Stars live and die.
Stars are born in the gravitational collapse of dust clouds is space. As the material is packed together in the collapse, the temperature at the center increases until fusion reactions start, converting hydrogen into helium in the process. The energy from these reactions creates a pressure that counteracts the force of gravity and stabilizes the star. A star like the sun, which is in this ‘hydrogen burning’ phase, is said to be on the main sequence.
Once the hydrogen in the core is used up, the collapse starts again. It continues until the temperature gets high enough to start fusion reactions that convert helium to carbon. For stars up to about 5 times as massive as the sun, the temperature never gets high enough for further fusion reactions, and when the fuel is used up the collapse starts again. It keeps going until the electrons can’t be pushed together any more—this will happen when the sun is the size of the Earth, for example. At this point the star is a white dwarf, a cooling cinder in space.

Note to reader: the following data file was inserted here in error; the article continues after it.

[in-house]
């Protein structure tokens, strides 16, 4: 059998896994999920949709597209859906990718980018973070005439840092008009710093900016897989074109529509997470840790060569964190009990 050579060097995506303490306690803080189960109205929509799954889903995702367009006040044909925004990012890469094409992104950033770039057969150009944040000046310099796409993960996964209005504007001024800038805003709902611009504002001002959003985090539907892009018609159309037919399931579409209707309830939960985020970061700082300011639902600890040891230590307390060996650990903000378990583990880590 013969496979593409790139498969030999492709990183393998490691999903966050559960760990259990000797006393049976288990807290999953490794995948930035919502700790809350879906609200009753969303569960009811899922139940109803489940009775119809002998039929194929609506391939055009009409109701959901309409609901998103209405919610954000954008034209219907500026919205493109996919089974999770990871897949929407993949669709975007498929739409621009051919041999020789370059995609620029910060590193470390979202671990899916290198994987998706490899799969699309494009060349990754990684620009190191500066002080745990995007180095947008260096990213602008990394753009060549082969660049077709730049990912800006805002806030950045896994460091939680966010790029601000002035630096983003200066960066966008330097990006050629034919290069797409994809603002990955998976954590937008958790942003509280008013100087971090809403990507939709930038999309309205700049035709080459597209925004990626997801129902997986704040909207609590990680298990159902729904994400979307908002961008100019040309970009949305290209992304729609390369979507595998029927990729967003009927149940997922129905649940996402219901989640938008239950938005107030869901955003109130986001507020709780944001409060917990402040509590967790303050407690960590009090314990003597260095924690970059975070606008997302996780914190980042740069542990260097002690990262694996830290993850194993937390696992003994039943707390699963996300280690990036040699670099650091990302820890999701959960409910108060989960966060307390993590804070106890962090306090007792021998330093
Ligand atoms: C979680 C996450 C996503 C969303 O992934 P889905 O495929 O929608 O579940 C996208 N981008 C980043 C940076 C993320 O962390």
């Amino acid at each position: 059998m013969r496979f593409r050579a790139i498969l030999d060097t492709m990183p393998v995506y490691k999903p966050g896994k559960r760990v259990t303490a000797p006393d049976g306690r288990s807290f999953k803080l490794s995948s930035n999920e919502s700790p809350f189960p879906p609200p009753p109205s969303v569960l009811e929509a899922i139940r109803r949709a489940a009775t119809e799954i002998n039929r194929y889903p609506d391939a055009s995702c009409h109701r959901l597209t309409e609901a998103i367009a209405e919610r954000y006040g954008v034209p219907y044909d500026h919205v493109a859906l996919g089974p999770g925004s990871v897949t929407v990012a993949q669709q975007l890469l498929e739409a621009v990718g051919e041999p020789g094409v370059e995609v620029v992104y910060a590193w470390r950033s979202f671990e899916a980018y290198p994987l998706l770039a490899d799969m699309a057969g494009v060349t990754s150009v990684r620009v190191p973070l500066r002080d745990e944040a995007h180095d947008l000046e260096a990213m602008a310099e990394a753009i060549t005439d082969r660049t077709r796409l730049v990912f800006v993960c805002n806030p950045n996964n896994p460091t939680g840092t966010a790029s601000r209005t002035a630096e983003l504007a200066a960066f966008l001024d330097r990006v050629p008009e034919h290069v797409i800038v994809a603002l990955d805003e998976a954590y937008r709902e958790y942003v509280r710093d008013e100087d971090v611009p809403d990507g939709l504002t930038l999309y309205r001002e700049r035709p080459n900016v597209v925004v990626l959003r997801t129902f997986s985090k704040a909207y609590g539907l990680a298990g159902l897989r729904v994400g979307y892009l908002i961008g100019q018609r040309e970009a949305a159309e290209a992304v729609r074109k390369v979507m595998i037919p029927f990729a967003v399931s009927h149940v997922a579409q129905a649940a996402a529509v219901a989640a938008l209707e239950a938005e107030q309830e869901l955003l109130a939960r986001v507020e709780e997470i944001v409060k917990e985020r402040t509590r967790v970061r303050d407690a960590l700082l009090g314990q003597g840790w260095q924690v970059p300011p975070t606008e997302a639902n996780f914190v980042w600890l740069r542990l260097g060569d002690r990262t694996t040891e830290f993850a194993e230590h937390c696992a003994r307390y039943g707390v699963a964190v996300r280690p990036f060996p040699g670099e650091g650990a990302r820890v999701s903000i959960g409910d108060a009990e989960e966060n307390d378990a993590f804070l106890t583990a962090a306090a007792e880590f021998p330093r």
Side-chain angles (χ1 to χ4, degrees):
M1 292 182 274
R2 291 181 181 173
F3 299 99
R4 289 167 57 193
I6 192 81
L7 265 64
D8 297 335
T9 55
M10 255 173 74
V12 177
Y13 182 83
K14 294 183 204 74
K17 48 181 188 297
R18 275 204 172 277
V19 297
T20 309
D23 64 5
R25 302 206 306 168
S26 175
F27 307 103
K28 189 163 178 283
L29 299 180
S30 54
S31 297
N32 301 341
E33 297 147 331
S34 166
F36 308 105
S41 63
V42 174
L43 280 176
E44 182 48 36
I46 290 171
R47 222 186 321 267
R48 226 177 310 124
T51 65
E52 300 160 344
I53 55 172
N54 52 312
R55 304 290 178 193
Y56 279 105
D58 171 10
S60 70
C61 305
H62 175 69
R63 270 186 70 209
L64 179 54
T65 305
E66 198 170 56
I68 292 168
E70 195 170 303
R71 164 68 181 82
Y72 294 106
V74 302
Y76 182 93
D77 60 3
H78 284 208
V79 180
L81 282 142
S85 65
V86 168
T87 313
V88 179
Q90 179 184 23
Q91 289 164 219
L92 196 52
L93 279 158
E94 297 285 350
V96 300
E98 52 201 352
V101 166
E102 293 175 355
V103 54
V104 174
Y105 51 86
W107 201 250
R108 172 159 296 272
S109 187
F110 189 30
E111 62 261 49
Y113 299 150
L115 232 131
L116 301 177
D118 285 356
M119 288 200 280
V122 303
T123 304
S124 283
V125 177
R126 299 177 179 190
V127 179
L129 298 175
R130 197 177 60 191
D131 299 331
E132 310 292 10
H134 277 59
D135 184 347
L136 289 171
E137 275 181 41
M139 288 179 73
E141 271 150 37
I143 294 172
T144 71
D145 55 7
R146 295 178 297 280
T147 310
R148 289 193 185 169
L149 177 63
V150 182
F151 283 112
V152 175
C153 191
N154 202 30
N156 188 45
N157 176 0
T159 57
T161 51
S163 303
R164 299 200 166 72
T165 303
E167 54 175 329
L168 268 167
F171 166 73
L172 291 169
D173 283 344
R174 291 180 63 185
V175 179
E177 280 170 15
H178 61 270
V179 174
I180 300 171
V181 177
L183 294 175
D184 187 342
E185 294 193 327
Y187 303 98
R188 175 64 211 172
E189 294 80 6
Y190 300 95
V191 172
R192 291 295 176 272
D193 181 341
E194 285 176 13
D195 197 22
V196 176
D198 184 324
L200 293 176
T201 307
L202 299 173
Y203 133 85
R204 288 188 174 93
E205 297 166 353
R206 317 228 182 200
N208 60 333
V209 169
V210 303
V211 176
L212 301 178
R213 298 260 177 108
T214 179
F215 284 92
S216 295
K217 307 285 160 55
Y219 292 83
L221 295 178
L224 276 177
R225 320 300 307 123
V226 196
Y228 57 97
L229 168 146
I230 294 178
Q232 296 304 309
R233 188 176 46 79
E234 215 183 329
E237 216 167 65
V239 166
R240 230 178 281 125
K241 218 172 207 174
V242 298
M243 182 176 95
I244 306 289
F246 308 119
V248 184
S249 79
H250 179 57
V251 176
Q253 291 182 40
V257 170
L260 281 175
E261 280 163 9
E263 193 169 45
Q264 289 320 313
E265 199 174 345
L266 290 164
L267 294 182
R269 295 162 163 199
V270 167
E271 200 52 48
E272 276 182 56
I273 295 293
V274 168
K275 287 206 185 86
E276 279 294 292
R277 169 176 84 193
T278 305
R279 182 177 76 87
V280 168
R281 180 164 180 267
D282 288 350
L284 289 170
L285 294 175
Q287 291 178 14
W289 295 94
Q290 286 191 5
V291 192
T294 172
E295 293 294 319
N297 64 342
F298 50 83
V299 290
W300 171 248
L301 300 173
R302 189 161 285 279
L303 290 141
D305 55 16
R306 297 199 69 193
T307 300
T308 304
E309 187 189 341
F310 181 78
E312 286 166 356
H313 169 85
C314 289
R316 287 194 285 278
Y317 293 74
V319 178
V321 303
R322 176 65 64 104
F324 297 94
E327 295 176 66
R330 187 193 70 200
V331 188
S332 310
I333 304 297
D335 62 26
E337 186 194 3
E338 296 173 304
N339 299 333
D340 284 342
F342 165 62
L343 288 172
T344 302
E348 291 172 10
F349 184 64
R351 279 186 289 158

The sun was formed about 4.5 billion years ago, and will become a white dwarf in another 5.5. billion years.
Stars more massive than the sun continue the fusion process, ‘burning’ carbon and forming silicon, magnesium, and other heavy elements, until it starts to make iron. No energy can be obtained from fusing iron, so the iron builds up in the core. Eventually, nuclear reactions convert the protons in the iron nuclei to neutrons, and the core collapses, triggering a massive explosion known as a supernova. The debris from the supernova is blown back into space, where it is incorporated into new generations of stars.
After a supernova event, the neutron core forms a neutron star a few miles across. For very massive stars, the collapse continues until a black hole is formed.